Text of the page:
Some players love what football does for them.
They love the attention and the fame, and eventually, if they are good enough, they love the money they can make in the NFL.
Other players simply love football. The rest of the stuff is fine, but these are the players who would play the game for nothing.
Those are the guys Nebraska coach Scott Frost and his staff are looking for as they rebuild the Husker program. They want guys who just love to play the game.
“We need 11 guys out there who love football, we need 22 guys out there who love football,” defensive coordinator Erik Chinander said. “Eventually we need 105 guys who love to play football, period. Whether it’s out in the rain on Tuesday or it’s in the Big House or it’s in Memorial Stadium, doesn’t matter, they love football. Practice games, whatever.”
The Huskers get their next chance to love the game Saturday when they host Purdue at Memorial Stadium. They are in the middle of a seven-game losing streak, which ties the 1957 record for most losses in a row by a Nebraska team.
The Huskers are now 0-3 this season.
“It’s one of those things where you kind of have to look yourself in the mirror,” senior safety Tre Neal said. “Nobody wants to start 0-3. A lot of people that do, when things go bad in their life — not just football just in their life — a lot of people like to quit.”
Nebraska’s last win came Oct. 27, 2018, when they edged the Boilermakers 25-24 in West Lafayette, Indiana. Eleven months without a win. Nobody expected that.
Nobody in the Husker program likes that.
Now the coaching staff is looking for those guys who love football to step up and make their presence felt.
Frost has noticed several players on the team who genuinely love the game.
“If I had to pick a couple, Stanley (Morgan) on offense. He was frustrated and not in a bad way, he just wants a different result. He went out and battled,” Frost said. “(Mohamed) Barry goes out and battles, Luke Gifford goes out and battles.
“We have a bunch of those guy. I’m not sure we have a whole team of them yet, and we want to get there, but there’s several guys doing things the right way.”
Barry’s name keeps popping up when coaches and players are asked about players who love the game. He’s the first guy Neal thinks of.
“One of the guys on defense I know stands out is Mohamed Barry,” Neal said. “You can tell by his play it literally kills him if he even takes the wrong step, it bothers him that much. Sometimes you’ve got to relax it a little bit, it’s football. Don’t get too crazy but you know that’s the kind of thing you want to see.”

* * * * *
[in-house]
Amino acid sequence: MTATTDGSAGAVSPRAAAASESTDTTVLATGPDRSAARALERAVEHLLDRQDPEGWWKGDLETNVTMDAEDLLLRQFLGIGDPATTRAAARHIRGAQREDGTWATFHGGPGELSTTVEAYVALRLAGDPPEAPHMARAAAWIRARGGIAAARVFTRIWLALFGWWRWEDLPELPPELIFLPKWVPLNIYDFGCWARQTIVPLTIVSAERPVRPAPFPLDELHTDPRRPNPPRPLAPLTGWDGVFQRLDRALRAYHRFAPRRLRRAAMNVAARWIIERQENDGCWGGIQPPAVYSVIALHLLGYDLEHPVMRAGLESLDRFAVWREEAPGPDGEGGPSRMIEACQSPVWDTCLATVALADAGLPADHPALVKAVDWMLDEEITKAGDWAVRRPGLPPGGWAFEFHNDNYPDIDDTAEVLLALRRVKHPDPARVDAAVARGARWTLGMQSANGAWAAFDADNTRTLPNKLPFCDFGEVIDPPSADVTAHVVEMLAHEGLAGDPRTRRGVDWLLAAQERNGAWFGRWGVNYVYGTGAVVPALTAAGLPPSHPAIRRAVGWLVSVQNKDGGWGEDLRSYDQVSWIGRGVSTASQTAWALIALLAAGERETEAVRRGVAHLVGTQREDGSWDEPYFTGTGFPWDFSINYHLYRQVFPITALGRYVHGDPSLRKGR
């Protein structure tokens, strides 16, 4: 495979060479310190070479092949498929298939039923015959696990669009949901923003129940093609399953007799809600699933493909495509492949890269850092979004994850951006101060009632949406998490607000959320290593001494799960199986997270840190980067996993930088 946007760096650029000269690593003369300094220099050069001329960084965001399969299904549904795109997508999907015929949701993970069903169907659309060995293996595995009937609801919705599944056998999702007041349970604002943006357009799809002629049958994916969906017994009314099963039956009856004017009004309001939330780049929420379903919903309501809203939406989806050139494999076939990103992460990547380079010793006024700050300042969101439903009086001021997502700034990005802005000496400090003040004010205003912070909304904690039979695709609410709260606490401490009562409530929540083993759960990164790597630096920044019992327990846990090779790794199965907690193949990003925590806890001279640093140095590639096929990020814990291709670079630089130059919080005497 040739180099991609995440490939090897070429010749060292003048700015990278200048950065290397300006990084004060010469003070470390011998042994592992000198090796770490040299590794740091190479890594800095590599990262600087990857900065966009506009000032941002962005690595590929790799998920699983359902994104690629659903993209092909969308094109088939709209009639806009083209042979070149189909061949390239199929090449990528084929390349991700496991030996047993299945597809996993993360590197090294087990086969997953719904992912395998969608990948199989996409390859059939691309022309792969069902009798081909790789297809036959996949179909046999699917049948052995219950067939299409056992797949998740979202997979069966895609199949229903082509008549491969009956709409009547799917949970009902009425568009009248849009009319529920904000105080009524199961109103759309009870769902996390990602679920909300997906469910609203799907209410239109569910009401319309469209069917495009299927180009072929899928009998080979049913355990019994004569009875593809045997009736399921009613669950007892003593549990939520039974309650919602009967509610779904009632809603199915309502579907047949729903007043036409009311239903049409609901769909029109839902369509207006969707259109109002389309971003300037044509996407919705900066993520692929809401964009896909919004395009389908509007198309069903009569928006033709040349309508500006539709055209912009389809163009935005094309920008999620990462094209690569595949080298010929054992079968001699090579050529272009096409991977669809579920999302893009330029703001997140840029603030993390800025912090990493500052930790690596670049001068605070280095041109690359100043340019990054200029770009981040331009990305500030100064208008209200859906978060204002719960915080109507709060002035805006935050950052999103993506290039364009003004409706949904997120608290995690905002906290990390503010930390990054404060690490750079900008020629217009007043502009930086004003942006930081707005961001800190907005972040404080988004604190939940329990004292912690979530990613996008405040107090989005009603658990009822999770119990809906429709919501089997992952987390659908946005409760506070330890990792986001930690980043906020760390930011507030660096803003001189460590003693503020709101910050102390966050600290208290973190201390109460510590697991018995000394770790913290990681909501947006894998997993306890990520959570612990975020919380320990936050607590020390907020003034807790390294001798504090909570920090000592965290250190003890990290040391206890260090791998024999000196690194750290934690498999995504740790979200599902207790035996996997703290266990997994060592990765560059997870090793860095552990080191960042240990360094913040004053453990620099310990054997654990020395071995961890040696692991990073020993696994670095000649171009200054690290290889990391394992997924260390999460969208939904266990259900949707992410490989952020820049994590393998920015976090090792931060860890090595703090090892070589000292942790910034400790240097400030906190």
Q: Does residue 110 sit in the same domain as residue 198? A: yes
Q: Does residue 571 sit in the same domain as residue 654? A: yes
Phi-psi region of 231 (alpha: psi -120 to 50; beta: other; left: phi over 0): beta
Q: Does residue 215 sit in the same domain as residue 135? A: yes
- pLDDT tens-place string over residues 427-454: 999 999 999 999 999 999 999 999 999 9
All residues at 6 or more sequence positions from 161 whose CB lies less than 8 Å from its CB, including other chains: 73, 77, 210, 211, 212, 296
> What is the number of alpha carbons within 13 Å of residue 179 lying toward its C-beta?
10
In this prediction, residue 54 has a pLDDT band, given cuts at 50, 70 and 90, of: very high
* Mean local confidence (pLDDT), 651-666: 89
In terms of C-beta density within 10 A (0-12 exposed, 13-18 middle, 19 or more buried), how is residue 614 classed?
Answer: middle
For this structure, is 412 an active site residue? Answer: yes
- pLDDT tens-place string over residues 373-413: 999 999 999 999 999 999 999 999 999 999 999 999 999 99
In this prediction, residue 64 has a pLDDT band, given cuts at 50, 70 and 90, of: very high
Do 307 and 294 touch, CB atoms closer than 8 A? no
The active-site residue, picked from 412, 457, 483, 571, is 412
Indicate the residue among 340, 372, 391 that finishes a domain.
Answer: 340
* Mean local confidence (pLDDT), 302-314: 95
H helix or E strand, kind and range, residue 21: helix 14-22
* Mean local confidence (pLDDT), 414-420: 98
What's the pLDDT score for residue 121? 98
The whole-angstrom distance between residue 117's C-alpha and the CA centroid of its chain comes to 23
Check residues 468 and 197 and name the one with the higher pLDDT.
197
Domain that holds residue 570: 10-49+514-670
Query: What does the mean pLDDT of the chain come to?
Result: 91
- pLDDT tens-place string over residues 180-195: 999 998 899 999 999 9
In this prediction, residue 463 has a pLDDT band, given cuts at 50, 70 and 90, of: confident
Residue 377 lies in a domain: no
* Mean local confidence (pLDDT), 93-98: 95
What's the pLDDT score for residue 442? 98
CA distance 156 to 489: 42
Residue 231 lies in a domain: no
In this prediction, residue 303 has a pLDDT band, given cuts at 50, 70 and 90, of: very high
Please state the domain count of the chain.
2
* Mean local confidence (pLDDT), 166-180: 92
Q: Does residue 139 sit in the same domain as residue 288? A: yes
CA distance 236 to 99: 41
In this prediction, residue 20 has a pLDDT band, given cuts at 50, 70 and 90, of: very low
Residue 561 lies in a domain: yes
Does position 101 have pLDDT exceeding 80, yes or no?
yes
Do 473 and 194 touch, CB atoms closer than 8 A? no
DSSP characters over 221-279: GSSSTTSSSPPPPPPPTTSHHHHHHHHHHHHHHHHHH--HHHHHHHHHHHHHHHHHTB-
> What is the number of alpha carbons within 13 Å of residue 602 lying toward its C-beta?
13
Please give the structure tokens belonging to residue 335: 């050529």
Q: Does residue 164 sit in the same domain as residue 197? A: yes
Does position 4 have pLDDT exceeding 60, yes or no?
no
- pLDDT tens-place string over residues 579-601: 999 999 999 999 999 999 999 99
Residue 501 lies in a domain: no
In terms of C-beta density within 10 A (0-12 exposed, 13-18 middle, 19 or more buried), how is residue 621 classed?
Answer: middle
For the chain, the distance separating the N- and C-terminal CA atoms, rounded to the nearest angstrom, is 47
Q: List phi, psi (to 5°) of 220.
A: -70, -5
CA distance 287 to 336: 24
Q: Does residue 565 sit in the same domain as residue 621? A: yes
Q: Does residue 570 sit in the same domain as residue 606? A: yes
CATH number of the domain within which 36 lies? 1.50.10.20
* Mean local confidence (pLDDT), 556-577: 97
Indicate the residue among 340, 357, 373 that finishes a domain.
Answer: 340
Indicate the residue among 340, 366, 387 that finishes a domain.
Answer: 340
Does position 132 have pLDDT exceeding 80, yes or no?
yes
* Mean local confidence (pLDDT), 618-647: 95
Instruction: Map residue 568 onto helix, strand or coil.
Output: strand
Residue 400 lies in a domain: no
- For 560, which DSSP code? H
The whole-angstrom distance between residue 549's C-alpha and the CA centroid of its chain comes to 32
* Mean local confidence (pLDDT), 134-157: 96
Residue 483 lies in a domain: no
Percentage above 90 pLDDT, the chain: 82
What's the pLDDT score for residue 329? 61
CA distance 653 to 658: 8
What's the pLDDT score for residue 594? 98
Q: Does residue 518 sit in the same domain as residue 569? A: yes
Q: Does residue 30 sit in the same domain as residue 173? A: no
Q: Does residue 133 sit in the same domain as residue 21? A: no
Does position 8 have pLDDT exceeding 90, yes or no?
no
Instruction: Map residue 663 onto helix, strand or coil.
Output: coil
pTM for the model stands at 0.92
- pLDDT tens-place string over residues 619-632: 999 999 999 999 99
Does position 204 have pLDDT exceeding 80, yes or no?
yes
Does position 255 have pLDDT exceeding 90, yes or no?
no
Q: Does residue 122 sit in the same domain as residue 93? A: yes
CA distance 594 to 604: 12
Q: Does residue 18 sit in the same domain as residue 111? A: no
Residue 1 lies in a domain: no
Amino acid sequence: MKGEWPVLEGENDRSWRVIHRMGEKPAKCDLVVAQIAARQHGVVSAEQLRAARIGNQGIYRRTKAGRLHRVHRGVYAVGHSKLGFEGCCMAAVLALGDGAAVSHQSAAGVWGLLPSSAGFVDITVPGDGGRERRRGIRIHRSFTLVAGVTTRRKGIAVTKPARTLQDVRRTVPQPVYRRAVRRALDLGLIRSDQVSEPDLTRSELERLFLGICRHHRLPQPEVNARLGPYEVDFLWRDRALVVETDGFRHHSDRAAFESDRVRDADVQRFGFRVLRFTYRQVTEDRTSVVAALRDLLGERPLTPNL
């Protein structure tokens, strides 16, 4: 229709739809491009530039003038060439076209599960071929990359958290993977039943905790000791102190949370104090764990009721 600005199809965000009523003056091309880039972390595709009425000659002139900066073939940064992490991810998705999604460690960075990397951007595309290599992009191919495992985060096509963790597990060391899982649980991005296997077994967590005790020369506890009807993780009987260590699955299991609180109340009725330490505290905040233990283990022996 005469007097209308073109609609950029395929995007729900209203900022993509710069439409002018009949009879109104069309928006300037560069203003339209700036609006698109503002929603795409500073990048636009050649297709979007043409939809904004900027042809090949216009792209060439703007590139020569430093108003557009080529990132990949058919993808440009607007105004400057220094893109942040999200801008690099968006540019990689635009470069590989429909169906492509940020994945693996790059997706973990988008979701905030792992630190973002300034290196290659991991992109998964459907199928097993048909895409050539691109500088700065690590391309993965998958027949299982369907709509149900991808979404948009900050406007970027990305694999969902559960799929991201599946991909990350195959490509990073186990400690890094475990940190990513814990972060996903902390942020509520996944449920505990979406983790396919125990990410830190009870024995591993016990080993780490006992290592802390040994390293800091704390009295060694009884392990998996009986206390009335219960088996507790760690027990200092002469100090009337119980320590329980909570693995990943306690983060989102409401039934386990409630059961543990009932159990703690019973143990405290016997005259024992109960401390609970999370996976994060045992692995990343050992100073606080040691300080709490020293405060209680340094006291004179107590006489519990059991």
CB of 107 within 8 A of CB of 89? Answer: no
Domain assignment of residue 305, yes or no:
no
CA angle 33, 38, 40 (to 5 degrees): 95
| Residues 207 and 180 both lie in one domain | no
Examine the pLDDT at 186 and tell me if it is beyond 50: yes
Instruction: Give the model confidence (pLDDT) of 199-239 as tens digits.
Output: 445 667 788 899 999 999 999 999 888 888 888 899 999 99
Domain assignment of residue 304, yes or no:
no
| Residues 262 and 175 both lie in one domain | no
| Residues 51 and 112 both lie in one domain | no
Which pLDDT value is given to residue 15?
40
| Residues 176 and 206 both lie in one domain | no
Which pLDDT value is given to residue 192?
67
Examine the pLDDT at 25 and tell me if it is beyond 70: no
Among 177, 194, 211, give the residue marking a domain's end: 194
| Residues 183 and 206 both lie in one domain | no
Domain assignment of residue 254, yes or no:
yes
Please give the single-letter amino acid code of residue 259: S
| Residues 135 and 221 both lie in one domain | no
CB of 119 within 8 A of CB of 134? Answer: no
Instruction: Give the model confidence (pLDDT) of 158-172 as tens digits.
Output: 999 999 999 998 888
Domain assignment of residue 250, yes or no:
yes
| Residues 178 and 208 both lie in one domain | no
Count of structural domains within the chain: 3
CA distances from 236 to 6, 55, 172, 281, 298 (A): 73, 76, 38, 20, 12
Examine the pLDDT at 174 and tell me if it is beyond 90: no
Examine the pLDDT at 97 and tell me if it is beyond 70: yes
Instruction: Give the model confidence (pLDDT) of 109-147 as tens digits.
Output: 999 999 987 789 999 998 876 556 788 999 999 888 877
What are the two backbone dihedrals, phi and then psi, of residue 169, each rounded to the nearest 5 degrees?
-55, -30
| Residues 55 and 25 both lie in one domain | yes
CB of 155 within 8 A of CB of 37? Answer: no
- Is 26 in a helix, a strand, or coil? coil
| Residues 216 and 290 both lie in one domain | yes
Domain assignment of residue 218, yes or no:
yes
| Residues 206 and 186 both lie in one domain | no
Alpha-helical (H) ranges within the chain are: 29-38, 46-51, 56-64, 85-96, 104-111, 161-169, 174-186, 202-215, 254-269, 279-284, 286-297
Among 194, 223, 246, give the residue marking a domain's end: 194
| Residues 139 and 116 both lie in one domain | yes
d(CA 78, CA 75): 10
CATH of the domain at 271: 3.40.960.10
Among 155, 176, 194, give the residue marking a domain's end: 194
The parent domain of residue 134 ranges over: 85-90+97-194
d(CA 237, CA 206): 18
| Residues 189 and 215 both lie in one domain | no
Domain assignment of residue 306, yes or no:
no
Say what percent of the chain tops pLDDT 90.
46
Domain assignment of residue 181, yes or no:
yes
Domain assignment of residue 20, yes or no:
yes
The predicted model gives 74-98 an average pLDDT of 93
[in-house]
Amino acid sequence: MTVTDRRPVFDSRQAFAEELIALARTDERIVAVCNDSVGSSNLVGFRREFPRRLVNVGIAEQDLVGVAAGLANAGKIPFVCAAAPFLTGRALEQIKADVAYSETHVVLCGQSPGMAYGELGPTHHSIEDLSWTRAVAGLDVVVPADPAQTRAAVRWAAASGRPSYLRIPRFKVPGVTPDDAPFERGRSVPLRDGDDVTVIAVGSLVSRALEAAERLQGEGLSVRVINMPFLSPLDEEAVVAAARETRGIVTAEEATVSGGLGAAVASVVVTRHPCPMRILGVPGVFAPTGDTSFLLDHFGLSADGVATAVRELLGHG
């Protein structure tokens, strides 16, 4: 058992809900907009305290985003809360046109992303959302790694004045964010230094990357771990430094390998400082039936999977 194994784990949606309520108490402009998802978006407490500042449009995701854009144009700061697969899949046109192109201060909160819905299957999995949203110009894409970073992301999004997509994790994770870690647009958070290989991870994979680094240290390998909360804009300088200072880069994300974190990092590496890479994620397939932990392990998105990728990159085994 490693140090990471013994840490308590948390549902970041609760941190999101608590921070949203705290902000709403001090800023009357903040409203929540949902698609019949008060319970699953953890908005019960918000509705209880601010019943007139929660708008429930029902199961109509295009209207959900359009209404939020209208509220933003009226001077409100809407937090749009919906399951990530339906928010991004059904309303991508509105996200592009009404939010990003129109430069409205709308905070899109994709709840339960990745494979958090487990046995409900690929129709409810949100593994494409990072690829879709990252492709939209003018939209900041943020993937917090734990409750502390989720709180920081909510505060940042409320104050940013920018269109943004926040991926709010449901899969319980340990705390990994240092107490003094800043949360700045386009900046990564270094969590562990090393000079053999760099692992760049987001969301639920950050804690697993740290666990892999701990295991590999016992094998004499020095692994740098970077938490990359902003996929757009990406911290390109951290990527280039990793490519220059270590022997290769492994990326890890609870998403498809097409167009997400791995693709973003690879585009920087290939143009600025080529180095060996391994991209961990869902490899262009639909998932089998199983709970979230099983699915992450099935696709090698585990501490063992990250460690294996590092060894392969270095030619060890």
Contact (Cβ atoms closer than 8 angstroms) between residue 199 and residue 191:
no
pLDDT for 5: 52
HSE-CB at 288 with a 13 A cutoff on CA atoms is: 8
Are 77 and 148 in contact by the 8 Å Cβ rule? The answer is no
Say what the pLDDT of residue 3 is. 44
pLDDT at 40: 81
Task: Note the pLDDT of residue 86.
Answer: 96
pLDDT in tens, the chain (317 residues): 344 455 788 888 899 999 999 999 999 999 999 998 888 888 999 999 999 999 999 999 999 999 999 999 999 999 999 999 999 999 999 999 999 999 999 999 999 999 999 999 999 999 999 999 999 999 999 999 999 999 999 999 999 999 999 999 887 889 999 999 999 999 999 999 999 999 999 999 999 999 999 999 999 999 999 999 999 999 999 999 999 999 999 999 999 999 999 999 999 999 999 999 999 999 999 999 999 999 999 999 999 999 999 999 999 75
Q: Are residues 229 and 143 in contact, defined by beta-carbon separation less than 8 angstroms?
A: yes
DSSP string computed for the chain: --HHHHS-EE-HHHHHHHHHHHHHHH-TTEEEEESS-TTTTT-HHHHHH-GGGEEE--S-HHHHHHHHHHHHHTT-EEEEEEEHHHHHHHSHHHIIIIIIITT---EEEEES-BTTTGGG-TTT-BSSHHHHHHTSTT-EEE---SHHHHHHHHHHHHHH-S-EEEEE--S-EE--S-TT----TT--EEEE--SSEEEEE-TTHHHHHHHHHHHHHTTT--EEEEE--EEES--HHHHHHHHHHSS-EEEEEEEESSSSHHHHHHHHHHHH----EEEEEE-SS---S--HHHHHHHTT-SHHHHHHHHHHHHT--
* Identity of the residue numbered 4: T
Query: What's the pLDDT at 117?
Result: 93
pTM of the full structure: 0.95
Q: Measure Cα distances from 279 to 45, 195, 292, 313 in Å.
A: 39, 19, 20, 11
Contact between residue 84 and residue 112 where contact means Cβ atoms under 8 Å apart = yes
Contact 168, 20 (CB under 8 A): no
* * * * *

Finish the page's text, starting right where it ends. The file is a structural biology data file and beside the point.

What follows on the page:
But that’s OK, Neal said. That passion is a good thing.
“You want to see somebody be too crazy about it, too passionate about it,” Neal said. “Not somebody that’s just, ‘Ah, I can take this false step. It’s not going to matter that much’ because it does matter. That’s one of the guys that stands out to me that loves it.”
Those are the kind of players Frost wants to find when he and his staff hits the recruiting trail.
He wants a full team of tough guys who love football.
That kind of sounds like the 1997 national championship team that was quarterbacked by Frost.
Frost has been to the top. Now he’s trying to pull the Huskers off the bottom.
“I think times when things are going really well and times when things are going really poorly, those are the best judges of your character,” Frost said. “When you’re winning and you’re undefeated do you still come to practice and work like you’re winless, and when you’re winless do you come to practice and do everything you can to change your circumstances?
“In both of those situations, if you love football you’re going to come to work and do the best you can because you love the game and you want to be great at it.”
If you love football, you don’t quit. Some of the Michigan players said the Huskers quit.
Neal doesn’t think so, but then again if that’s what it looked like, then there’s a problem.
“If that’s what we’re putting on film, that’s how they felt, then you know it doesn’t matter what we think,” Neal said. “If they’re thinking that, these guys are giving up, that means we’re not going hard enough.
“Even if we’re down you know, 50-0, 50-3, it should be the point where they’re like these guys are still coming. Everything might not be going their way, but these guys are still coming, they’re still hitting and they’re still running. That’s how it’s got to be.”
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